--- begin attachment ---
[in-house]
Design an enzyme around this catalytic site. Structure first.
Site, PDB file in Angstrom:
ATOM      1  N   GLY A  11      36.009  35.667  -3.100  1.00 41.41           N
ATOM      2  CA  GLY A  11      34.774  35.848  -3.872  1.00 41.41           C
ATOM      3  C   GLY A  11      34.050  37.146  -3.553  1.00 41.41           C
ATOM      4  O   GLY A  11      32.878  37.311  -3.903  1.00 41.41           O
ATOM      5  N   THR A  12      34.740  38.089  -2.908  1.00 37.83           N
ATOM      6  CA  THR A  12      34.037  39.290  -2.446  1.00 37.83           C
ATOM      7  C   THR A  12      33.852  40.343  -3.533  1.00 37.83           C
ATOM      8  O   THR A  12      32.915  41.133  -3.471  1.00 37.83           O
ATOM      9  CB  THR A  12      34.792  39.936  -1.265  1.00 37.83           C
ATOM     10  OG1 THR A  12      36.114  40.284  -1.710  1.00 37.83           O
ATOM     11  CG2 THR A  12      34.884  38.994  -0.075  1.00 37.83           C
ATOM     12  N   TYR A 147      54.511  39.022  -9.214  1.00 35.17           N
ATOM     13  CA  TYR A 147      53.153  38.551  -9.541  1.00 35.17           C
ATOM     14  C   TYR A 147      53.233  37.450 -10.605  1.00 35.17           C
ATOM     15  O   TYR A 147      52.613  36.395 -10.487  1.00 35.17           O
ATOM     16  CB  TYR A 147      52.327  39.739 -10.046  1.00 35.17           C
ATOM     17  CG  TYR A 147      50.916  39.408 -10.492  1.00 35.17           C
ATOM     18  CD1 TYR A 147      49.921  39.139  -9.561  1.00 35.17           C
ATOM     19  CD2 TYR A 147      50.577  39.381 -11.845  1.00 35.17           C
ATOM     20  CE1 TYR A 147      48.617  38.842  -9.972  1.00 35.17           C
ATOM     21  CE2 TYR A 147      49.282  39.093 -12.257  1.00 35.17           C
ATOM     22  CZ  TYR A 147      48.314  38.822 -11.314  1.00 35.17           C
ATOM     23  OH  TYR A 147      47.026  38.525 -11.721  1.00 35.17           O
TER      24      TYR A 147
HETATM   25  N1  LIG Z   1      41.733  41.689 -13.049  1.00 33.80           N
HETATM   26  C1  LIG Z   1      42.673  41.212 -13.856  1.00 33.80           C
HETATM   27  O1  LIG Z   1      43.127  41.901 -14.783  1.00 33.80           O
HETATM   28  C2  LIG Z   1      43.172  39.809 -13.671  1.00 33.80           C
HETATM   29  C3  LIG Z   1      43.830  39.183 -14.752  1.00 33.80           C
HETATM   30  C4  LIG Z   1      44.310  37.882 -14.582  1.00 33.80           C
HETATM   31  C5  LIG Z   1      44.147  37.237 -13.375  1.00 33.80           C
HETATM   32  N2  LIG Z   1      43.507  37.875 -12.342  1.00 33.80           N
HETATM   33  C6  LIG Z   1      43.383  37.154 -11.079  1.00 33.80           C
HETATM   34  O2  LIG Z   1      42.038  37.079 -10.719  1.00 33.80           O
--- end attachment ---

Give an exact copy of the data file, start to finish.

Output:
[in-house]
Design an enzyme around this catalytic site. Structure first.
Site, PDB file in Angstrom:
ATOM      1  N   GLY A  11      36.009  35.667  -3.100  1.00 41.41           N
ATOM      2  CA  GLY A  11      34.774  35.848  -3.872  1.00 41.41           C
ATOM      3  C   GLY A  11      34.050  37.146  -3.553  1.00 41.41           C
ATOM      4  O   GLY A  11      32.878  37.311  -3.903  1.00 41.41           O
ATOM      5  N   THR A  12      34.740  38.089  -2.908  1.00 37.83           N
ATOM      6  CA  THR A  12      34.037  39.290  -2.446  1.00 37.83           C
ATOM      7  C   THR A  12      33.852  40.343  -3.533  1.00 37.83           C
ATOM      8  O   THR A  12      32.915  41.133  -3.471  1.00 37.83           O
ATOM      9  CB  THR A  12      34.792  39.936  -1.265  1.00 37.83           C
ATOM     10  OG1 THR A  12      36.114  40.284  -1.710  1.00 37.83           O
ATOM     11  CG2 THR A  12      34.884  38.994  -0.075  1.00 37.83           C
ATOM     12  N   TYR A 147      54.511  39.022  -9.214  1.00 35.17           N
ATOM     13  CA  TYR A 147      53.153  38.551  -9.541  1.00 35.17           C
ATOM     14  C   TYR A 147      53.233  37.450 -10.605  1.00 35.17           C
ATOM     15  O   TYR A 147      52.613  36.395 -10.487  1.00 35.17           O
ATOM     16  CB  TYR A 147      52.327  39.739 -10.046  1.00 35.17           C
ATOM     17  CG  TYR A 147      50.916  39.408 -10.492  1.00 35.17           C
ATOM     18  CD1 TYR A 147      49.921  39.139  -9.561  1.00 35.17           C
ATOM     19  CD2 TYR A 147      50.577  39.381 -11.845  1.00 35.17           C
ATOM     20  CE1 TYR A 147      48.617  38.842  -9.972  1.00 35.17           C
ATOM     21  CE2 TYR A 147      49.282  39.093 -12.257  1.00 35.17           C
ATOM     22  CZ  TYR A 147      48.314  38.822 -11.314  1.00 35.17           C
ATOM     23  OH  TYR A 147      47.026  38.525 -11.721  1.00 35.17           O
TER      24      TYR A 147
HETATM   25  N1  LIG Z   1      41.733  41.689 -13.049  1.00 33.80           N
HETATM   26  C1  LIG Z   1      42.673  41.212 -13.856  1.00 33.80           C
HETATM   27  O1  LIG Z   1      43.127  41.901 -14.783  1.00 33.80           O
HETATM   28  C2  LIG Z   1      43.172  39.809 -13.671  1.00 33.80           C
HETATM   29  C3  LIG Z   1      43.830  39.183 -14.752  1.00 33.80           C
HETATM   30  C4  LIG Z   1      44.310  37.882 -14.582  1.00 33.80           C
HETATM   31  C5  LIG Z   1      44.147  37.237 -13.375  1.00 33.80           C
HETATM   32  N2  LIG Z   1      43.507  37.875 -12.342  1.00 33.80           N
HETATM   33  C6  LIG Z   1      43.383  37.154 -11.079  1.00 33.80           C
HETATM   34  O2  LIG Z   1      42.038  37.079 -10.719  1.00 33.80           O